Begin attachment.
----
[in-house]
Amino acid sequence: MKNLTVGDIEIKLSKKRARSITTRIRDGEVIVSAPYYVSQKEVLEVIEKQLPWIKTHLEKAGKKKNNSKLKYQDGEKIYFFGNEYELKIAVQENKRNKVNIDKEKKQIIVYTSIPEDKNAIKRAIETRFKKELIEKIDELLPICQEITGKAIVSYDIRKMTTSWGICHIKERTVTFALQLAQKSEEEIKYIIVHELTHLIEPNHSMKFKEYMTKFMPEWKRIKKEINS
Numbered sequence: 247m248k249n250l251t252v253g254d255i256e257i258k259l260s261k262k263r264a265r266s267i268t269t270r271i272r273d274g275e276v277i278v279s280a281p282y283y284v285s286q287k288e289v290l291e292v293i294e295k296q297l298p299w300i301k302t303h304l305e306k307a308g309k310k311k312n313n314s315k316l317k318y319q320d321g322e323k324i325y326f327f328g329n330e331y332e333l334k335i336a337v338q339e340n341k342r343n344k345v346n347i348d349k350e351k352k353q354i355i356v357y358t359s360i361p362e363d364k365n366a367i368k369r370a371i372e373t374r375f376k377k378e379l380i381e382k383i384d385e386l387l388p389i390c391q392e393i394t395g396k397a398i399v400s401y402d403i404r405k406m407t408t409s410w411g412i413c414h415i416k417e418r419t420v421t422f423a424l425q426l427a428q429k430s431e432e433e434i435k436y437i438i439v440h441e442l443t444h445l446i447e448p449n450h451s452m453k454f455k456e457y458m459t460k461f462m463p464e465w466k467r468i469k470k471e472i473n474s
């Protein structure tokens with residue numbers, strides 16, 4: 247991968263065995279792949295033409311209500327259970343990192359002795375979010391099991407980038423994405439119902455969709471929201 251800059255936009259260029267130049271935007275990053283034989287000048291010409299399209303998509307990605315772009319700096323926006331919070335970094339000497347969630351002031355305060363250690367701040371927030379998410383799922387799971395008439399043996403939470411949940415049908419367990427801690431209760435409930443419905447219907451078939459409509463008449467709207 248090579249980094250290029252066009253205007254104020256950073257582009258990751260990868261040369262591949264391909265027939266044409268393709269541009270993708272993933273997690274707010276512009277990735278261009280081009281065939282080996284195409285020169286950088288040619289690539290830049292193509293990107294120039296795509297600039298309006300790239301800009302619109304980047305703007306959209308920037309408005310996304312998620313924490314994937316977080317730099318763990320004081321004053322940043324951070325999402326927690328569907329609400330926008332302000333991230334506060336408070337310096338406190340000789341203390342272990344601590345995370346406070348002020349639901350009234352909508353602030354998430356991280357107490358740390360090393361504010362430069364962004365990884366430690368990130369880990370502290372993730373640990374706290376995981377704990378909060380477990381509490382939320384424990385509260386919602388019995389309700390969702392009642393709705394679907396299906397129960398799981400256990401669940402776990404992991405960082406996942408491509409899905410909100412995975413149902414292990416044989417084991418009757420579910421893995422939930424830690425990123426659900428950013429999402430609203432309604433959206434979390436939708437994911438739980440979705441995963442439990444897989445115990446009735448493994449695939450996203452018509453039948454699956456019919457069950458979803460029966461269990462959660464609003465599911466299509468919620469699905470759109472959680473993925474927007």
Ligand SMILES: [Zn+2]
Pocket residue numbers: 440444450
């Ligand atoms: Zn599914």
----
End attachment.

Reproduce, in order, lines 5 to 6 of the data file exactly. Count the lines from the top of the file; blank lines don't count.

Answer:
Ligand SMILES: [Zn+2]
Pocket residue numbers: 440444450